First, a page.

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Isoniazid pharmacokinetics in children treated for respiratory tuberculosis

dc.contributor.authorSchaaf H.S.
dc.contributor.authorParkin D.P.
dc.contributor.authorSeifart H.I.
dc.contributor.authorWerely C.J.
dc.contributor.authorHesseling P.B.
dc.contributor.authorVan Helden P.D.
dc.contributor.authorMaritz J.S.
dc.contributor.authorDonald P.R.
dc.date.accessioned2011-05-15T16:15:37Z
dc.date.available2011-05-15T16:15:37Z
dc.date.issued2005
dc.identifier.citationArchives of Disease in Childhood
dc.identifier.citation90
dc.identifier.citation6
dc.identifier.issn00039888
dc.identifier.other10.1136/adc.2004.052175
dc.identifier.urihttp://hdl.handle.net/10019.1/13417
dc.description.abstractAims: To define the pharmacokinetics of isoniazid (INH) in children with tuberculosis in relation to the N-acetyltransferase 2 (NAT2) genotype. Methods: The first order elimination rate constant (k) and area under the concentration curve (AUC) were calculated in 64 children <13 years of age (median 3.8) with respiratory tuberculosis from INH concentrations determined 2-5 hours after a 10 mg/kg INH dose. The NAT2 genotype was determined; 25 children were classified as homozygous slow (SS), 24 as heterozygous fast (FS), and 15 as homozygous fast (FF) acetylators. Results: The mean (SD) k values of the genotypes differed significantly from one another: SS 0.254 (0.046), FS 0.513 (0.074), FF 0.653 (0.117). Within each genotype a median regression of k on age showed a significant decrease in k with age. The mean (SD) INH concentrations (mg/l) two hours after INH administration were SS 8.599 (1.974), FS 5.131 (1.864), and FF 3.938 (1.754). A within genotype regression of 2-hour INH concentrations on age showed a significant increase with age. A within genotype regression of 3-hour, 4-hour, and 5-hour concentrations on age also showed a significant increase with age in each instance. In ethnically similar adults, mean (SD) 2-hour INH concentrations (mg/l) for each genotype were significantly higher than the children's: SS 10.942 (1.740), FS 8.702 (1.841), and FF 6.031 (1.431). Conclusions: Younger children eliminate INH faster than older children and, as a group, faster than adults, and require a higher mg/kg body weight INH dose to achieve serum concentrations comparable to adults.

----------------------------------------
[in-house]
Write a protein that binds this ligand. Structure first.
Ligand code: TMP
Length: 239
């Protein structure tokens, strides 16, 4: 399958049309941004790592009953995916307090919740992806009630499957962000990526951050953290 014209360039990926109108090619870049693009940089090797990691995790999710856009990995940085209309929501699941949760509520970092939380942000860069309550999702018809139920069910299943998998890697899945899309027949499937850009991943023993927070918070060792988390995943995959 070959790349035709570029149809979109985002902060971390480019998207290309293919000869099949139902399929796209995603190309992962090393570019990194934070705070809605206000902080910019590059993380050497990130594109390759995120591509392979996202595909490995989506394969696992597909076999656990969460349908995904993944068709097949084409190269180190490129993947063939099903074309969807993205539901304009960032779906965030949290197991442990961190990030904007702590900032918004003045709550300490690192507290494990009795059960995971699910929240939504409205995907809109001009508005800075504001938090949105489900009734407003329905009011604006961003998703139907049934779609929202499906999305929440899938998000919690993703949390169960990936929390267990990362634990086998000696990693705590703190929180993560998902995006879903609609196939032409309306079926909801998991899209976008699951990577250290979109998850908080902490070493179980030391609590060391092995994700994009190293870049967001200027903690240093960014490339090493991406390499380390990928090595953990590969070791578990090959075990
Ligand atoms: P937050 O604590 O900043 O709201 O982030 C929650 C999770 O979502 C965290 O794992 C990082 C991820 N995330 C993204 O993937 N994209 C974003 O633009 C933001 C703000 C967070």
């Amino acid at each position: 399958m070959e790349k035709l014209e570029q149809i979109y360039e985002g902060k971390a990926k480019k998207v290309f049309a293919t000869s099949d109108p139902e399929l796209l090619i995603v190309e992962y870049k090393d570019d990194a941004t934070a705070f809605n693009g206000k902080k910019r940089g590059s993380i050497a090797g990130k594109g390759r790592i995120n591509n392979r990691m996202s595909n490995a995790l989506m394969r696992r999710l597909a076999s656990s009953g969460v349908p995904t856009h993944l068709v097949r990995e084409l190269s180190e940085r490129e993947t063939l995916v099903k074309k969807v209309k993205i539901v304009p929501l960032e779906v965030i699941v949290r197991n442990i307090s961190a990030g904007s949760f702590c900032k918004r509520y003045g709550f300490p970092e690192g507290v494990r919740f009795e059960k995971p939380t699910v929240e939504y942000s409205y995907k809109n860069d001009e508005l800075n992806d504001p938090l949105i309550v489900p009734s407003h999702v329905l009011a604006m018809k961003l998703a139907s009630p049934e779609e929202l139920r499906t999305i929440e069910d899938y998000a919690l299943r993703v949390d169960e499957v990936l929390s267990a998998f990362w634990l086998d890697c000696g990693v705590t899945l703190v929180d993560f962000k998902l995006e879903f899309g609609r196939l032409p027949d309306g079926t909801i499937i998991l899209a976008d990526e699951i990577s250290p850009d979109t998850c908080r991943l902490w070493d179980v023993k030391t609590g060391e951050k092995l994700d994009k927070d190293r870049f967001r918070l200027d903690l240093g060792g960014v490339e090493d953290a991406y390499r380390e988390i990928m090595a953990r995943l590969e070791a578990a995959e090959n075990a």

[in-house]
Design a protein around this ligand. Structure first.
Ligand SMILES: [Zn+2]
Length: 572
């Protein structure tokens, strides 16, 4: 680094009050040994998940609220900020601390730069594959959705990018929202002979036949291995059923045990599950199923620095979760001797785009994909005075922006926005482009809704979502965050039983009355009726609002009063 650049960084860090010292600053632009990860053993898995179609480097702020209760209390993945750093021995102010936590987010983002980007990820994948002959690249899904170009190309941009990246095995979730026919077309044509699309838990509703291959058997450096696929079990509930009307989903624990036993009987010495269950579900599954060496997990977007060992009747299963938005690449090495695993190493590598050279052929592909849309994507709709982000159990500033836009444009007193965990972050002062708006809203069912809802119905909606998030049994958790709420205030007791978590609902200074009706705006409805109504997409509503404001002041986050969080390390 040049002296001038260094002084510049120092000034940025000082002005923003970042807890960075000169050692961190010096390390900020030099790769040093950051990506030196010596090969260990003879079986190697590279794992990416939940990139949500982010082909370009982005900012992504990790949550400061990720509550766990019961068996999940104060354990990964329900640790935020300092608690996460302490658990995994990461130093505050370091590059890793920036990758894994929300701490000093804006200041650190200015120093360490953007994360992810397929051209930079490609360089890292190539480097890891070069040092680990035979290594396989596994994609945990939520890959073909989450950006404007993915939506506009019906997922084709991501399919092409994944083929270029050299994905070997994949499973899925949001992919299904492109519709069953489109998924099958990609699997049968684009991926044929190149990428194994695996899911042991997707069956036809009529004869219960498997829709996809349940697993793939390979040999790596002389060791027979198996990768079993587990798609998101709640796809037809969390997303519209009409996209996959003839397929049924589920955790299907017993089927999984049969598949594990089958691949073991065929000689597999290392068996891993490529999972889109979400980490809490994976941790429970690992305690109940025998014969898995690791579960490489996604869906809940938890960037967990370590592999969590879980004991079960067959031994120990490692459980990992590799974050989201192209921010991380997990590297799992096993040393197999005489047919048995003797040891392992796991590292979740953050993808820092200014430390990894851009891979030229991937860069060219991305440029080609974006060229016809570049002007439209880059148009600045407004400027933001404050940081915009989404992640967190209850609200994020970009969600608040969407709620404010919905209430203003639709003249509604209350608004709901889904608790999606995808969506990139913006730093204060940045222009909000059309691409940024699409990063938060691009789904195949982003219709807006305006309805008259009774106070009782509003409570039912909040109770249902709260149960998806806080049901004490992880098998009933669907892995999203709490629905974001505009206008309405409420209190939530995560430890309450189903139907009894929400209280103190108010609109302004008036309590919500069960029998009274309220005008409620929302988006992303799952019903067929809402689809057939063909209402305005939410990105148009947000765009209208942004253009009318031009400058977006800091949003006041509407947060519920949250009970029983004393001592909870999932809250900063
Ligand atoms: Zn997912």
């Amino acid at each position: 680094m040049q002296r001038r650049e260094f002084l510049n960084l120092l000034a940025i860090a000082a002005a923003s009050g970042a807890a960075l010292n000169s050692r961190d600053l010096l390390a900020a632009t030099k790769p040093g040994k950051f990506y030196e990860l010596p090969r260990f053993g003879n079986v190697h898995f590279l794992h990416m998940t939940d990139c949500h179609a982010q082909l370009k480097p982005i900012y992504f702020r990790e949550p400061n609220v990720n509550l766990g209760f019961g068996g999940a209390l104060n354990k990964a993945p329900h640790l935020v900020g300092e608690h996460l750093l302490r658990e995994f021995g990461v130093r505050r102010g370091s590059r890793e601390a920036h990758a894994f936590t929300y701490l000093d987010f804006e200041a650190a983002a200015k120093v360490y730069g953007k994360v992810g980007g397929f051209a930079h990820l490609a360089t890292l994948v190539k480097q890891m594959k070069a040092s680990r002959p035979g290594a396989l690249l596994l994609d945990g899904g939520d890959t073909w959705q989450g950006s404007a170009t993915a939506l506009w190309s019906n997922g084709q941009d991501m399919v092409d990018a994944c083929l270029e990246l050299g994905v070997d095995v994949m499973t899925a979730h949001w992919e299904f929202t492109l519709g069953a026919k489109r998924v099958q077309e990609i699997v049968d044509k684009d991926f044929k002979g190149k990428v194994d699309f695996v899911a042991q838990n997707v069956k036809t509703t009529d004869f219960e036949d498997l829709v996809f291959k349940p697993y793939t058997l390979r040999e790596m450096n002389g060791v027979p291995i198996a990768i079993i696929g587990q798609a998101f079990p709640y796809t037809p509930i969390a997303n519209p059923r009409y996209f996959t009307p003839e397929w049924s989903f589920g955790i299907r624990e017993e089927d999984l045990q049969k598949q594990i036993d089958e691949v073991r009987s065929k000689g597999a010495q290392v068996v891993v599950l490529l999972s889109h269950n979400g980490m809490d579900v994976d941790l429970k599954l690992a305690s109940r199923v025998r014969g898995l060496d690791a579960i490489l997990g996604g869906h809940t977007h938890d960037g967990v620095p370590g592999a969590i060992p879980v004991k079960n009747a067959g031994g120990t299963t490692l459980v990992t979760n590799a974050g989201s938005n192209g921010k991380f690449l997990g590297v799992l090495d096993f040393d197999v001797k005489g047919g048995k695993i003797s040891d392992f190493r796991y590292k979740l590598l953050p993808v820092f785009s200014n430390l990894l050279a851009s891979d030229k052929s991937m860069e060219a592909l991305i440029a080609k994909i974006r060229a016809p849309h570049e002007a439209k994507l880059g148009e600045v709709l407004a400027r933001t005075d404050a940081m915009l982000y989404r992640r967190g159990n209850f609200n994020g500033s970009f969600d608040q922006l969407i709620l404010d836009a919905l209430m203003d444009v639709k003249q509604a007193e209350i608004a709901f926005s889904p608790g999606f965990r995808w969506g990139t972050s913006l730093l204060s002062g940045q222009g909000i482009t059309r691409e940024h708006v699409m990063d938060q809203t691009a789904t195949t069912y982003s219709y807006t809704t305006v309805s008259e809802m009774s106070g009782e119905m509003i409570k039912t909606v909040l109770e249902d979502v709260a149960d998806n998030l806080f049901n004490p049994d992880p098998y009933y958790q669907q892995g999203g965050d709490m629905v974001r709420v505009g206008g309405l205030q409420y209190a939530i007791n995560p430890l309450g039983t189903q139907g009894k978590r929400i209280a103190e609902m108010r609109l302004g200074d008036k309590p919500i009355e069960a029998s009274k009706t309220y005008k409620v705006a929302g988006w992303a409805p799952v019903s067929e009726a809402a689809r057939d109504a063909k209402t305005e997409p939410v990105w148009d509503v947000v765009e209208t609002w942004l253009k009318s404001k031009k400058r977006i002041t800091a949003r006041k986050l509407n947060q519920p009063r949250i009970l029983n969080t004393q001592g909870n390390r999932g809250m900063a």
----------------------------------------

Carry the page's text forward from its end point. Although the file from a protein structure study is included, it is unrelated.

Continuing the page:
dc.subjectacyltransferase
dc.subjectisoniazid
dc.subjectacetylator phenotype
dc.subjectadolescent
dc.subjectadult
dc.subjectage
dc.subjectarea under the curve
dc.subjectarticle
dc.subjectbody weight
dc.subjectchild
dc.subjectdose calculation
dc.subjectdrug blood level
dc.subjectdrug elimination
dc.subjectethnology
dc.subjectgenotype
dc.subjectheterozygosity
dc.subjecthomozygosity
dc.subjecthuman
dc.subjectinfant
dc.subjectlung tuberculosis
dc.subjectmajor clinical study
dc.subjectnucleotide sequence
dc.subjectpharmacogenetics
dc.subjectpriority journal
dc.subjectregression analysis
dc.subjectAdolescent
dc.subjectAdult
dc.subjectAging
dc.subjectAnalysis of Variance
dc.subjectAntitubercular Agents
dc.subjectArea Under Curve
dc.subjectArylamine N-Acetyltransferase
dc.subjectChild
dc.subjectChild, Preschool
dc.subjectGenotype
dc.subjectHeterozygote
dc.subjectHomozygote
dc.subjectHumans
dc.subjectInfant
dc.subjectInfant, Newborn
dc.subjectIsoniazid
dc.subjectTuberculosis, Pulmonary
dc.titleIsoniazid pharmacokinetics in children treated for respiratory tuberculosis
dc.typeArticle
dc.description.versionArticle


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